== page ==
Synovial Sarcoma at an unusual and complex site
By Dr. Chetan Anchan
Brief History: Ms. A, 27 yrs. old unmarried lady from northern India noticed a small painless swelling in the pubic region. Over the next few weeks, the swelling grew noticeably.
Within a few more weeks it had increased to the size of an orange and started causing some pain. That’s when she sought medical attention. She was told to see a cancer specialist. All of this took another few weeks. By this time the swelling had become huge and was encroaching on to the vulva.
She was imaged and a biopsy was done which confirmed the diagnosis of a high grade sarcoma – synovial sarcoma to be precise. The MRI revealed a large soft tissue mass on the anterior aspect of the pubis curving over the lower edge of the pubic symphysis and entering into the lower pelvis.
The mass was sitting on the urethra and the anterior wall of the vagina, reaching the urinary bladder.
She was told that she will need surgery. But the surgery for tumor resection will involve removal of the urethra, vagina, uterus and the urinary bladder. This was devastating news for her due to which she and her family decided to come to Mumbai for treatment, with the hope of a more acceptable outcome.
Fig 01. Initial MRI showing a large soft tissue mass anterior to pubis and spreading under the pubic arch and reaching the bladder, urethra and anterior vaginal wall.
When she was first seen by us, the soft tissue mass had grown further and she was finding it difficult to walk; in fact, in a matter of days, she could not walk anymore and had to use a wheelchair. On studying the imaging and on examination, it seemed unlikely that the urethra could be saved. Even the vagina was clearly at risk. If the urethra could not be saved, she would need a permanent stoma with an ileal conduit – a complex procedure where a new urinary bladder is created from a loop of the small intestine and which drains through a hole on the side of the abdomen into a collecting bag.
She was then counselled regarding the disease and the risks involved. Surgery for cancer is a life saving procedure and loss of organs and vital tissue is often a compromise worth making in order to safeguard the life of the patient.
However, this was a young unmarried lady who was on the verge of a mutilating and life changing procedure where she would end up with a permanent stoma for the urinary function. Besides, there was a clear risk of serious and permanent damage to the vagina and related vulval structures.
This is when she was given an alternative option which could give us a shot at saving these structures while safely removing the tumor. We discussed this with her and her family and she agreed to take this chance.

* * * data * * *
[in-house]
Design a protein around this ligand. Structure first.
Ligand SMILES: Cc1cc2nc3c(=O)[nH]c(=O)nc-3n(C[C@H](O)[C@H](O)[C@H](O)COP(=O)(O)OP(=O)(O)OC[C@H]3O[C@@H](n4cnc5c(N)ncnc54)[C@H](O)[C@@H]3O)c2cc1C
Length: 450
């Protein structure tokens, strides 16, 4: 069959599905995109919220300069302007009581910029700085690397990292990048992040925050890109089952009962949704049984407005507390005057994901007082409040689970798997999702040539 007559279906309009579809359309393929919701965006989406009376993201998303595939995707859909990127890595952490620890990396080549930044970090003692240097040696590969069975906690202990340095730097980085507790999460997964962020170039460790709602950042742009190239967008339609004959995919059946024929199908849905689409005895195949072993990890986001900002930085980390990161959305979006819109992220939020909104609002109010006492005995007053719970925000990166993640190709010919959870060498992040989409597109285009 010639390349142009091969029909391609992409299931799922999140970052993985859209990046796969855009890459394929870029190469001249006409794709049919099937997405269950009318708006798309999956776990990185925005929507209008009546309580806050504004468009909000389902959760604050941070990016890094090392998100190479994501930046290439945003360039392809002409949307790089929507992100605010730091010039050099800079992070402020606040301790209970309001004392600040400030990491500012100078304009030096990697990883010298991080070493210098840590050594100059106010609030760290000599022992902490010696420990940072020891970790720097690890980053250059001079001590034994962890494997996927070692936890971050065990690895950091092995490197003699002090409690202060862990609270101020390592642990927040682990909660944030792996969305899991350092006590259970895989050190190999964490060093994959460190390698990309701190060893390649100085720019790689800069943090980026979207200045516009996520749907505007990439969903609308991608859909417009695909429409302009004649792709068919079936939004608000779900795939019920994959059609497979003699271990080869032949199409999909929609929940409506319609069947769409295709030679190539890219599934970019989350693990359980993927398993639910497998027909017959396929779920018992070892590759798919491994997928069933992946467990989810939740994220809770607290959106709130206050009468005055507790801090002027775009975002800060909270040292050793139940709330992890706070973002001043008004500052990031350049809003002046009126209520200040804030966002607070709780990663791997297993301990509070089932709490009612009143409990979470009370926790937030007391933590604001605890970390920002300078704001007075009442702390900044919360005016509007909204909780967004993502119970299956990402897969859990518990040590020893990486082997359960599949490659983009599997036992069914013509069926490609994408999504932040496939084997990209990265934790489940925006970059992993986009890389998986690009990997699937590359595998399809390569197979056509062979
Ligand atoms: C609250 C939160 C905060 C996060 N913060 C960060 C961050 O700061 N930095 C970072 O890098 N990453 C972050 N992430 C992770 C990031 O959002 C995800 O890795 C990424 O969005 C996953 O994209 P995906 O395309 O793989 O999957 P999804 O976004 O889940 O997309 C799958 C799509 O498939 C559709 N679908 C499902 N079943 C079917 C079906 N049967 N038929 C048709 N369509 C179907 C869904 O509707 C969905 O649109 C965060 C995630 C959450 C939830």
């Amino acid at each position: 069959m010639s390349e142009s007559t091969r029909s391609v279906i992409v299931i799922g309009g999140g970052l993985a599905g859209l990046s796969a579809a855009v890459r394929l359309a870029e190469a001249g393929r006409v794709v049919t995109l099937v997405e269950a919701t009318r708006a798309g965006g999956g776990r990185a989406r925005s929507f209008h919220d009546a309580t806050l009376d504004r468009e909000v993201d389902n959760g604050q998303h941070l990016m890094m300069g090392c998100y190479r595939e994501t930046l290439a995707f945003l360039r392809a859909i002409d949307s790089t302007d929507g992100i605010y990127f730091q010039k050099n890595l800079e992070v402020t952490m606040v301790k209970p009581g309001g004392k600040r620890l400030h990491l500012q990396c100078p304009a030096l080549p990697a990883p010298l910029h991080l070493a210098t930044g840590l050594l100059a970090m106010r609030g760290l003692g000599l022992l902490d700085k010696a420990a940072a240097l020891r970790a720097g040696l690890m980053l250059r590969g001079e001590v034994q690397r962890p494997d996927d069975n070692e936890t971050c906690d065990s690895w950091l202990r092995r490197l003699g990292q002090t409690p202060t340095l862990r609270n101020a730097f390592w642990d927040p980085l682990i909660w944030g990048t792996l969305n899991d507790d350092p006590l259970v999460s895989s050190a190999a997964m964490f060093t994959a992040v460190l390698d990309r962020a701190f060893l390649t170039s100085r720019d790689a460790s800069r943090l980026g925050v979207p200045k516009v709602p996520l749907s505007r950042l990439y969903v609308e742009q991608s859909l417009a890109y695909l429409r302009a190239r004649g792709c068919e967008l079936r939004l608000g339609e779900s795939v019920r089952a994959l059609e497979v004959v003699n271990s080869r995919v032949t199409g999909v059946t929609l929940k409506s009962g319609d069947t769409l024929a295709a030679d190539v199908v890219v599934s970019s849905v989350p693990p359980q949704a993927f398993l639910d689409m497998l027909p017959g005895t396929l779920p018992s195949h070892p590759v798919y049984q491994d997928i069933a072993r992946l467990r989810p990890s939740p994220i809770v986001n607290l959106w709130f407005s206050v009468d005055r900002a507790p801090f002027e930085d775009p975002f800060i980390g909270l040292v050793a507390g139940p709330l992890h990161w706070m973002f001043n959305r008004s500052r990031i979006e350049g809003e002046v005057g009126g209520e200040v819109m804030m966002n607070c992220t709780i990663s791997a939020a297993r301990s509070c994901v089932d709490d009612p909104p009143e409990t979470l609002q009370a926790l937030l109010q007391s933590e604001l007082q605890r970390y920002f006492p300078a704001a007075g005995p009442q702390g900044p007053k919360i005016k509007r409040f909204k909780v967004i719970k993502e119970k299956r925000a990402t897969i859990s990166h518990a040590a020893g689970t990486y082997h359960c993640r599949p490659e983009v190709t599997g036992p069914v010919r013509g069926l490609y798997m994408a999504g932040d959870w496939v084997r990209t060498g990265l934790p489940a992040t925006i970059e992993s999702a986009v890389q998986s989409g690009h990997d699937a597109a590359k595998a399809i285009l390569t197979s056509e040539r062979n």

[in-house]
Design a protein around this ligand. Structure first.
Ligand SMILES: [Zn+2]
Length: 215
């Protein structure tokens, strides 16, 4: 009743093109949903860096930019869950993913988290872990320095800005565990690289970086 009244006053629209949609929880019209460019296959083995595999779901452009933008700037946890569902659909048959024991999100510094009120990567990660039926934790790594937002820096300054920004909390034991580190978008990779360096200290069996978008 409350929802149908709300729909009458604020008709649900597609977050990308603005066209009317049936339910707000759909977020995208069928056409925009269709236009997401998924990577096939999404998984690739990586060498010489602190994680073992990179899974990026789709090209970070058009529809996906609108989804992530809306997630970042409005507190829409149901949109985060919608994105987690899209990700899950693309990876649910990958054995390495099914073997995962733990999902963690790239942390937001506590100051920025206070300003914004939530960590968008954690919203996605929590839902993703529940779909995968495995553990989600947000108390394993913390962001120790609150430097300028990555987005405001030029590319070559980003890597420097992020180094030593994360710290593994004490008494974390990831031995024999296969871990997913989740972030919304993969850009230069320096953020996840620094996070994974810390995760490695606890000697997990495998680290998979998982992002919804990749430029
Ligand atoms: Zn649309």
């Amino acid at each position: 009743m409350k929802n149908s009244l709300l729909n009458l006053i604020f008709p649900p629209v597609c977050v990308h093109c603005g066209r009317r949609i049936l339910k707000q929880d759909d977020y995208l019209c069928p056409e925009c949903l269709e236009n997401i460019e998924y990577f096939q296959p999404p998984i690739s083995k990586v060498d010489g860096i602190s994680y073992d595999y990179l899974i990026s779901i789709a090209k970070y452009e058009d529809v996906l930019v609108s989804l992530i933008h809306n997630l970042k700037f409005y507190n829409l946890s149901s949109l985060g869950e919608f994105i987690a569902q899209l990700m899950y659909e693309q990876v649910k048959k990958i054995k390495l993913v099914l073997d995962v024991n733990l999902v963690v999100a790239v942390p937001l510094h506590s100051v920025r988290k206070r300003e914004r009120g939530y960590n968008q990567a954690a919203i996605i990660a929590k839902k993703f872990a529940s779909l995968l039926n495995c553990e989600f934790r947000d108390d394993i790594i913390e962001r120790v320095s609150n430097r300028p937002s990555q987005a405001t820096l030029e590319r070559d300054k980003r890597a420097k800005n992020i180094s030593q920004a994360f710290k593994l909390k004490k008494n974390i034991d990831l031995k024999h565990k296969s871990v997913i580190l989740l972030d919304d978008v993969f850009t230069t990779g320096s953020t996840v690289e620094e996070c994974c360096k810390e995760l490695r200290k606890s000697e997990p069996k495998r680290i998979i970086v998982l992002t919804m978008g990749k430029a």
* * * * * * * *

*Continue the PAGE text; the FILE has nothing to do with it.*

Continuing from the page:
So, unlike what would have been generally planned otherwise, we decided to treat the tumor with radiotherapy before the surgery. This was with the hope that with a good response the tumor could shrink in size and give us a chance at saving the vital structures at risk.
Results of Radiation:
At the time of starting radiotherapy, the tumor was almost 11 to 12 cms. in diameter. She was given 50.4 Grays of radiation over a period of six weeks in 28 fractions; which got over at the end of January this year.
She was asked to follow-up with us after 6 weeks with a fresh MRI for reassessment and surgical planning. In mid March she followed-up with fresh MRI and PET-CT imaging.
The mass had responded very well to the radiation treatment. Her pain had gone down and she was walking again. Now it was time to remove the residual sarcoma with surgery.
Fig 02)Before radiation: 12cm synovial sarcoma in close proximity to bladder, urethra and anterior vaginal wall.
Due to the complex location of the disease and the complexity involved in the surgery, we put up a team of specialist surgeons to operate on her. And just when things were falling in place, the Corona Virus disaster struck.
The whole country was in lockdown and medical services was severly hit. Operating a patient now looked difficult. However, with Ms. A, we had a really narrow window to operate. If we wait too long, her tumor would grow back again and we would lose all the advantage we had now.
It was now or never for us. She was from out of station and had come the city just for her surgery. Now, it looked almost impossible. It was then that we decided not to let this opportunity go. We put up a team of willing surgeons and a brave anaesthetist and operated on her, after explaining her again all the risks involved, although the prospects of getting a good outcome was certainly better now.
Results of the surgery:
Her surgery went very well. We could save her urethra, vagina, vulval structures and got the tumor out with safe margins all around – as was confirmed in the final histopathology report. Our plastic surgeon inserted a gracilis muscle flap into the defect created in the subcutaneous space to support the pubic skin.
The moment of truth came when the urinary catheter was removed around a week after the surgery. She was having full control over the bladder function. We could not have hoped for a better outcome. She recovered well from the surgery and went home a few days ago.
While it is good practice to follow standard recommended guidelines, it is essential to understand when to deviate from standard practice i.e. in unusual circumstances. In this case with the use of radiation before surgery we could avoid a mutilating surgery and achieved complete removal of the tumor.
With the personalized approach we could achieve an oncologically sound outcome with organ preservation.
Tags: # Peritoneal metastases